RYAN HARRISON:  Right now I'm 77, I think, something like that.  You have goals.  I'd love to be in the top 20, top 30, around that area, by the end of the year.  You have to hit top 50 first, then top 40.  There's a lot of guys working to get to that point.
In my head I have somewhere I'd like to be, but it's a long process.  You have to take it one step at a time.

Q.  You've taken sets off guys like Ferrer, Andy, Soderling.  What do you feel is the difference between you and these guys right now?
RYAN HARRISON:  Well, I've never taken a set off one of the guys in the top four.  I played Novak in Cincinnati.  He beat me 2‑3, something like that, I think.  Andy made semis of all four Grand Slams last year.  He's obviously pretty consistent with his results.
Those guys, I think it's fair to say they've played a different level at the Grand Slams than other people.

Q.  The margin is pretty small, right?
RYAN HARRISON:  Absolutely.  We have a 12‑, 15‑ball rally at 0‑1 in the fourth, if I break him there, start serving well, we could easily be in a fifth set now.  Ifs, ands, and buts...  It's about producing and coming through at the right moments.  There's plenty of guys that could say if they could have got a let cord to go this way, a shot to go that way, they would have been in a tighter match.
For me it's about consistently keep putting myself in these positions, keep working hard, get to a point where I trust myself to come through.

Q.  Anything you felt he did better than you?
RYAN HARRISON:  I felt like his backhand cross‑court was a little more effective.  Whenever we were in that rally, I felt like he probably won 80% of them.  That's what I was talking about earlier.  Whenever we got in that rally, I was the one having to force myself out of that rally, whether I was slicing it up the line, trying to get him to go cross‑court to my forehand, or take a shot at it, one you're not comfortable with.
If I feel like I'm losing the cross‑court rally on the backhand side, I might have to press my forehand a little more which makes me a little uncomfortable with my forehand.  If I have to go bigger than I want to, you're not playing in your comfort zone.  I feel like he did that better.

Q.  He's renowned as one of the players with the best slice.  You matched him well the first couple sets.  Where did your slice come from?
RYAN HARRISON:  My dad had a one‑handed backhand.  He taught me the game of tennis.  In his terms, his one‑handed backhand was God awful.  He had to slice it pretty well and hide it.
Whenever I was growing up, he was still in shape, we would have backhand slice rallies.  I would claim I could beat him.  He would claim he could still beat me.  We just battled on that.  I just developed it to a point where I was comfortable with it.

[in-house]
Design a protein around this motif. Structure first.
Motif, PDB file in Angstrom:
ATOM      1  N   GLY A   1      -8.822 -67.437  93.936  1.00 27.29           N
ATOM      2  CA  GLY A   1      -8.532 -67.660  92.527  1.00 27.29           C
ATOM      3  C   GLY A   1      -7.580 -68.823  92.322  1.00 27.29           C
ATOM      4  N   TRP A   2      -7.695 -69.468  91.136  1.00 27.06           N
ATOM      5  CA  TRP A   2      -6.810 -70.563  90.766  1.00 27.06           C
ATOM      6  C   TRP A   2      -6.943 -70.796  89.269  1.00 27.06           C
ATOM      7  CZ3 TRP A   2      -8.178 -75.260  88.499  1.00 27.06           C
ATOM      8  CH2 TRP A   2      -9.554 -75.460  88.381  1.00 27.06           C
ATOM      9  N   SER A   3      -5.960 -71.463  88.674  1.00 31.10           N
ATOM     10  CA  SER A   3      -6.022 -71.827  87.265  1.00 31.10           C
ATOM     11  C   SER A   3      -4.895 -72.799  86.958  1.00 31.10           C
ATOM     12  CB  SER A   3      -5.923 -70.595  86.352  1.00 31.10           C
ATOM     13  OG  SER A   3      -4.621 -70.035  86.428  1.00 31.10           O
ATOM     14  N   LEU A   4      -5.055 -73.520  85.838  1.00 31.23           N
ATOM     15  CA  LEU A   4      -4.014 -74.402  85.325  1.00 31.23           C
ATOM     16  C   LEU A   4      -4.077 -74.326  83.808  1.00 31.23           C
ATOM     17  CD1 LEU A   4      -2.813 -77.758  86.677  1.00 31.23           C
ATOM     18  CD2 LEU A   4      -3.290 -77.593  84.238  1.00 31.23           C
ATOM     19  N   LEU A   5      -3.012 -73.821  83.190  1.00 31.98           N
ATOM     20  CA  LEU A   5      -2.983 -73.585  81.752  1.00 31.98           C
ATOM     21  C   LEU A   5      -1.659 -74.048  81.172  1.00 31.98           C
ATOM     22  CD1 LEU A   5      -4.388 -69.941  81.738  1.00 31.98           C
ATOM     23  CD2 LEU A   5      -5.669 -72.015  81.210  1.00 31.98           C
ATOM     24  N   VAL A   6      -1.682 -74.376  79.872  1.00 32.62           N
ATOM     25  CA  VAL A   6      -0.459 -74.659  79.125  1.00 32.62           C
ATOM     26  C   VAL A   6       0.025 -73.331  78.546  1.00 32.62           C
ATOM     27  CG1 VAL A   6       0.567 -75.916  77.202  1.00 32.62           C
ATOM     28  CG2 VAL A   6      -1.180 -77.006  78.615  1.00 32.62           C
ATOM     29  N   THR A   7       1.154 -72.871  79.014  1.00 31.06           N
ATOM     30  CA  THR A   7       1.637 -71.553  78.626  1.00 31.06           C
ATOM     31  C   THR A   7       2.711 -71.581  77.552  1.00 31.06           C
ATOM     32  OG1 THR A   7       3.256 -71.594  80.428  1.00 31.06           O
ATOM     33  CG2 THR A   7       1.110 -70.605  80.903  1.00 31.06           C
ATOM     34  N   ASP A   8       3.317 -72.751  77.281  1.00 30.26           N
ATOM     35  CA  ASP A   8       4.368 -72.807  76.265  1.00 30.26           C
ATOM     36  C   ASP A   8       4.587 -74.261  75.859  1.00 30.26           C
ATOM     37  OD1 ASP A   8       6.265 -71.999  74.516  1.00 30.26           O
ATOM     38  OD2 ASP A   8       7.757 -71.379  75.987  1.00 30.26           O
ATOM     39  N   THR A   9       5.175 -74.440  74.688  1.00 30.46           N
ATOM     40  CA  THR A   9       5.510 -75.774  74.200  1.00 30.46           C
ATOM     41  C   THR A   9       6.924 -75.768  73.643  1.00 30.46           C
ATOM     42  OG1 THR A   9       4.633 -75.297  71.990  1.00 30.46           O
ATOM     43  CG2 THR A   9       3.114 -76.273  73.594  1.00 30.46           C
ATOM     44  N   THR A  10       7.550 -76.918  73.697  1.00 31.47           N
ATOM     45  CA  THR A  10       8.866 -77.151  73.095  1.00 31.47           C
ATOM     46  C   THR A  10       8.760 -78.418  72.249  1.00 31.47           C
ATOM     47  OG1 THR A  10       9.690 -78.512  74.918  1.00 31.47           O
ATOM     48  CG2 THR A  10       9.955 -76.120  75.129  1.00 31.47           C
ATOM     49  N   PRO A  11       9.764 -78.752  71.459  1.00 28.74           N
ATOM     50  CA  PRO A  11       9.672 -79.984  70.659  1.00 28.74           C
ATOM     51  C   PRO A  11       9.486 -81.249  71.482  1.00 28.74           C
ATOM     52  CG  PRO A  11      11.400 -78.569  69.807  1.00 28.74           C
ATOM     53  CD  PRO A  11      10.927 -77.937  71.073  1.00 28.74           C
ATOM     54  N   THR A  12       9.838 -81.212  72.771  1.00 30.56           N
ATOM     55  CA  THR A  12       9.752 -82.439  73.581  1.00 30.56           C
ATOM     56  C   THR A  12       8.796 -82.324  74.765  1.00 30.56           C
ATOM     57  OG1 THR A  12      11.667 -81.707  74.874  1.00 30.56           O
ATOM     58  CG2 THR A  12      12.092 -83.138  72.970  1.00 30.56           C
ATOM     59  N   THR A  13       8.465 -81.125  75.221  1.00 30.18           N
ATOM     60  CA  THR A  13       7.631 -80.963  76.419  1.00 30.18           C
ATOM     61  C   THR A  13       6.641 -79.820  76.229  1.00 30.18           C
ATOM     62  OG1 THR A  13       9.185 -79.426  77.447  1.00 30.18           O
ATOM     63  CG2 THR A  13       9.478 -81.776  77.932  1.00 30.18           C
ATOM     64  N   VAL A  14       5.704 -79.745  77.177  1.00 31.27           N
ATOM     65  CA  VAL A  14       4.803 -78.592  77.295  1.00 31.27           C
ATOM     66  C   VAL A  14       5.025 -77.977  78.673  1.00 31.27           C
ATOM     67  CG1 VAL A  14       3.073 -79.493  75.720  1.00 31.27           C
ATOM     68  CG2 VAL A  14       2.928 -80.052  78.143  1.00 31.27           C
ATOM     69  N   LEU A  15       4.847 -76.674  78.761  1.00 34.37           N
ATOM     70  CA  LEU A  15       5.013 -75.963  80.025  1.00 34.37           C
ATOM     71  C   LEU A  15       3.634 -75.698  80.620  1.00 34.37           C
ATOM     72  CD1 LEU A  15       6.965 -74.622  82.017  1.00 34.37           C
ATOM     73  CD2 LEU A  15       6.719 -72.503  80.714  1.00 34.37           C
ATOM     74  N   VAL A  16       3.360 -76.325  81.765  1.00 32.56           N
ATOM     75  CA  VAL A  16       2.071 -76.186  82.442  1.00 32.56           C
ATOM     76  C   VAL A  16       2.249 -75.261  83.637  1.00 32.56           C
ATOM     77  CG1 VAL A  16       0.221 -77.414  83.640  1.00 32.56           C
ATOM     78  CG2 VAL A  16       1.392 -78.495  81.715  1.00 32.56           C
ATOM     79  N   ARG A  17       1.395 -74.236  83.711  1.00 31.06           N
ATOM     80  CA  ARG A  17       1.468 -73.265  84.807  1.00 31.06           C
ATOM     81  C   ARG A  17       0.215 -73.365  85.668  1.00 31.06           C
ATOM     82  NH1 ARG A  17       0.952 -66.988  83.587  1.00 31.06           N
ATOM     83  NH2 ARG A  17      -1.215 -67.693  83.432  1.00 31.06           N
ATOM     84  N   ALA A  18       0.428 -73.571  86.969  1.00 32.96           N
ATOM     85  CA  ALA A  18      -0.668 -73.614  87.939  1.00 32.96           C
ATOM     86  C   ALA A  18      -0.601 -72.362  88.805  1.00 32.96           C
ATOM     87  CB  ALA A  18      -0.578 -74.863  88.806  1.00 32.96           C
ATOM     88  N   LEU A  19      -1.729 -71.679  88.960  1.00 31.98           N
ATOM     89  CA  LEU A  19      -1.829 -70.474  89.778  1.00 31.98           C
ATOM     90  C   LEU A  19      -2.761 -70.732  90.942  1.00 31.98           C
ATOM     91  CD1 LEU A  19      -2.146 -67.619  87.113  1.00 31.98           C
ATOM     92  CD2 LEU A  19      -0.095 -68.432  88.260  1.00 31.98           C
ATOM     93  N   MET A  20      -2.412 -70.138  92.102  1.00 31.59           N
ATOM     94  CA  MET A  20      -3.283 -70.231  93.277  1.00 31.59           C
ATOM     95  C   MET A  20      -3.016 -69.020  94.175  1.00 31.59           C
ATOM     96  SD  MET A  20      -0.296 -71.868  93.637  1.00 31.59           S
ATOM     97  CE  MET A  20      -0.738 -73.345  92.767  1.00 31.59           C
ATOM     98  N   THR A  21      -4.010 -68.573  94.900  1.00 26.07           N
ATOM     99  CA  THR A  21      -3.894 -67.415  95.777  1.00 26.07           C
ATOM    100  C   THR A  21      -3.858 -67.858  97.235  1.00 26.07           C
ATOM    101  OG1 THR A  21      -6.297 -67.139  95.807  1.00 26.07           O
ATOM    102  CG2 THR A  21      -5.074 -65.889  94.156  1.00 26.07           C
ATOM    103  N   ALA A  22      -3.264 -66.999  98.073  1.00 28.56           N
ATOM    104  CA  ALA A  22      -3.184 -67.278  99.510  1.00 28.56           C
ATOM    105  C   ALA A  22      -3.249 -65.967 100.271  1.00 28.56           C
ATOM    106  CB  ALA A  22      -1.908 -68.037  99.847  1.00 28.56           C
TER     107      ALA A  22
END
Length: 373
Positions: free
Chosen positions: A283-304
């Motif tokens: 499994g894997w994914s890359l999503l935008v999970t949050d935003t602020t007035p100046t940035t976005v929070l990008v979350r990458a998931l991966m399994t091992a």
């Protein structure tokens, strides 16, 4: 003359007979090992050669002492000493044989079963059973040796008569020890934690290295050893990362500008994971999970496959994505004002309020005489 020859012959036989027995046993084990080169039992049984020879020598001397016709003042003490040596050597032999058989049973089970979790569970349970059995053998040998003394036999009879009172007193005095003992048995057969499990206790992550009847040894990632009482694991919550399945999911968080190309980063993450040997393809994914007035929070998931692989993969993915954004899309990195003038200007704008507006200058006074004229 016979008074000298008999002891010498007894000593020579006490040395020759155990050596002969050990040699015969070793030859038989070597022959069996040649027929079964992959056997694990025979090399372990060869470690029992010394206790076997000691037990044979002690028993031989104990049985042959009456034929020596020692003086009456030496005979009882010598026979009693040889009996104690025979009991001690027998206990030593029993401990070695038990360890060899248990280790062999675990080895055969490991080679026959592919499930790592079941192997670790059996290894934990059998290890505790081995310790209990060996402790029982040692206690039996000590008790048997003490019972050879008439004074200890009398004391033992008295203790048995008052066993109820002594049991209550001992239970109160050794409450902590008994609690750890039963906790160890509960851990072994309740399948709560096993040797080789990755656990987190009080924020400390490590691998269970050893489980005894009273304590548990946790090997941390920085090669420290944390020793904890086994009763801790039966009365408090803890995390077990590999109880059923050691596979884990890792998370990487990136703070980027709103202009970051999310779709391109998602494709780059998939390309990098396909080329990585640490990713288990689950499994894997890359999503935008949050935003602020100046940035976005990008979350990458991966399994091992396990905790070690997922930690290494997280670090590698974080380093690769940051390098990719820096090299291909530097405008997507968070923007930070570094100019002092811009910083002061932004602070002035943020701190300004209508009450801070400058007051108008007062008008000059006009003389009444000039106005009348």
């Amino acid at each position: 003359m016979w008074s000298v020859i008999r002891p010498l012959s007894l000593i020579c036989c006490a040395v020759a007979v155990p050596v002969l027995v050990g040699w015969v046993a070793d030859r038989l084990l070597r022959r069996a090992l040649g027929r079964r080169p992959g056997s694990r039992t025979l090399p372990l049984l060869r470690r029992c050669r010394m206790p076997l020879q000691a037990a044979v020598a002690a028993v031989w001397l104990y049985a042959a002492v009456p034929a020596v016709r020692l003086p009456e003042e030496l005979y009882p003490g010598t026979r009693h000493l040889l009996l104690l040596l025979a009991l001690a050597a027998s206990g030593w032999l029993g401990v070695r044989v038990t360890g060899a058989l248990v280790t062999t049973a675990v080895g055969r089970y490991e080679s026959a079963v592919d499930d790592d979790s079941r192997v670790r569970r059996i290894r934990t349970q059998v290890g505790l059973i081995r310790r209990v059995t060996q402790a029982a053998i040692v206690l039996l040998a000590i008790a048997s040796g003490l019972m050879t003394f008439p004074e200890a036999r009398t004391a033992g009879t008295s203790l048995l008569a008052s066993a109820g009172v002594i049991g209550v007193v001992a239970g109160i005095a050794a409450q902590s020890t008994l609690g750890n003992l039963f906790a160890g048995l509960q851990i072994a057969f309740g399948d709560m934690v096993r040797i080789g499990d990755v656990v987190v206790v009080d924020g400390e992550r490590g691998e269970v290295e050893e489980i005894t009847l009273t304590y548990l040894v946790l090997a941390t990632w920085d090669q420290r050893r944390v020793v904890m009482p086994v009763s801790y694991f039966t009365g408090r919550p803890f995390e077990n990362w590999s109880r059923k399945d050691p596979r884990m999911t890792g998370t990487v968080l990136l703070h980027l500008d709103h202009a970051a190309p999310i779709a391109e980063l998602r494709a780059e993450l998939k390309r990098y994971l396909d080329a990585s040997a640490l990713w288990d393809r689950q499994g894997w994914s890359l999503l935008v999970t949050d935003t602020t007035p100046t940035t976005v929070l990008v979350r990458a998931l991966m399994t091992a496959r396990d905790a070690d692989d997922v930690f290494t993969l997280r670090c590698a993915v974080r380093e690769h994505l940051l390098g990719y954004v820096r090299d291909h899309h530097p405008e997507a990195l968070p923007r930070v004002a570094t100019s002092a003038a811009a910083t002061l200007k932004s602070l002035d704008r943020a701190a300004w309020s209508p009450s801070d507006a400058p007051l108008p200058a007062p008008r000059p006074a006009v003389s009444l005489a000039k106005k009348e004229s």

I felt like I had a few today on big points that floated a little too much.  On that same breakpoint I was talking about, I think I hit four slices in a row.  They all kind of sat up and didn't get through the court.
The slice was effective for me.  Whenever I played it a little over the net, he had to come up in the court.  If you hit it, it sits up, floats, a guy at the top of the game is not going to miss an outright ball for no reason.

Q.  You said you played Novak recently.  How does he compare to playing Andy?
RYAN HARRISON:  They're different because Novak is a little more imposing from being a little closer to the baseline, I guess.  He plays a little more through the court.  I feel like Andy does a spectacular job of defending and he plays great defense.  It's obviously what he's known for.
He's definitely doing better inside the court.  I think that's where he has made his improvements, learning how to dictate from inside the court.  Not that he didn't know before, but obviously he's getting better at it.
I guess it's a little different whenever you're serving to them because Novak is on top of the baseline returning, he's kind of playing through the baseline, whereas Andy, he stays like 10 feet behind the baseline and almost lets you hit it.  It kind of comes to him.  Then he just plays it controlled back deep.  He trusts himself he's going to make more balls than you are.
Everyone has their different game style.  Andy has done pretty well for himself to get to three major finals.  I think he's going to win a slam here pretty soon because he's been in so many positions, it's bound to happen.